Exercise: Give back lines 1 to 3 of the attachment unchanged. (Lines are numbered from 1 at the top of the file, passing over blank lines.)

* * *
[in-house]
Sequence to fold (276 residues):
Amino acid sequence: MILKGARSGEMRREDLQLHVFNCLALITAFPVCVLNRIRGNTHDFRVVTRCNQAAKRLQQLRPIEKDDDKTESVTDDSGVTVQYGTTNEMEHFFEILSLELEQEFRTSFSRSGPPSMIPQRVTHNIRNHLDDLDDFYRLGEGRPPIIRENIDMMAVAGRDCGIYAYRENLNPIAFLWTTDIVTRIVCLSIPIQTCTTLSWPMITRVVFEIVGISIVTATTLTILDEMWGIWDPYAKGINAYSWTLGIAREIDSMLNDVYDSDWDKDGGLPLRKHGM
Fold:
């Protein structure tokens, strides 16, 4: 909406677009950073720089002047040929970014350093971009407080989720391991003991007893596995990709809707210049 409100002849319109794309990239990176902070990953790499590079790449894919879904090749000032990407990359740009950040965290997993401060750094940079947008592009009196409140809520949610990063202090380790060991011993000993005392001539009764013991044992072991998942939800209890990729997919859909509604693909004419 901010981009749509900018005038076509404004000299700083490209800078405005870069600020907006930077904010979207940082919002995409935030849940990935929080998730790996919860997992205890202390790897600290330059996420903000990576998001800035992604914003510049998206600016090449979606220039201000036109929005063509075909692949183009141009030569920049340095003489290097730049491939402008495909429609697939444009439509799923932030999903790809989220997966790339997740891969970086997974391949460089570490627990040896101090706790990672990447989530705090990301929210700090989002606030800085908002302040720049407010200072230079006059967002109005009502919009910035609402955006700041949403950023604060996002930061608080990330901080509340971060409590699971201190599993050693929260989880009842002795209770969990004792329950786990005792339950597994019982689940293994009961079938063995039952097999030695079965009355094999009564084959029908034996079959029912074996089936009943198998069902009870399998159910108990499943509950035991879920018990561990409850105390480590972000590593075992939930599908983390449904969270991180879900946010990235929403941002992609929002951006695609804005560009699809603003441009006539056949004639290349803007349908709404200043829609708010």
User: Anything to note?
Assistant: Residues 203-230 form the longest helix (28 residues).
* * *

[in-house]
Sequence to fold (276 residues):
Amino acid sequence: MILKGARSGEMRREDLQLHVFNCLALITAFPVCVLNRIRGNTHDFRVVTRCNQAAKRLQQLRPIEKDDDKTESVTDDSGVTVQYGTTNEMEHFFEILSLELEQEFRTSFSRSGPPSMIPQRVTHNIRNHLDDLDDFYRLGEGRPPIIRENIDMMAVAGRDCGIYAYRENLNPIAFLWTTDIVTRIVCLSIPIQTCTTLSWPMITRVVFEIVGISIVTATTLTILDEMWGIWDPYAKGINAYSWTLGIAREIDSMLNDVYDSDWDKDGGLPLRKHGM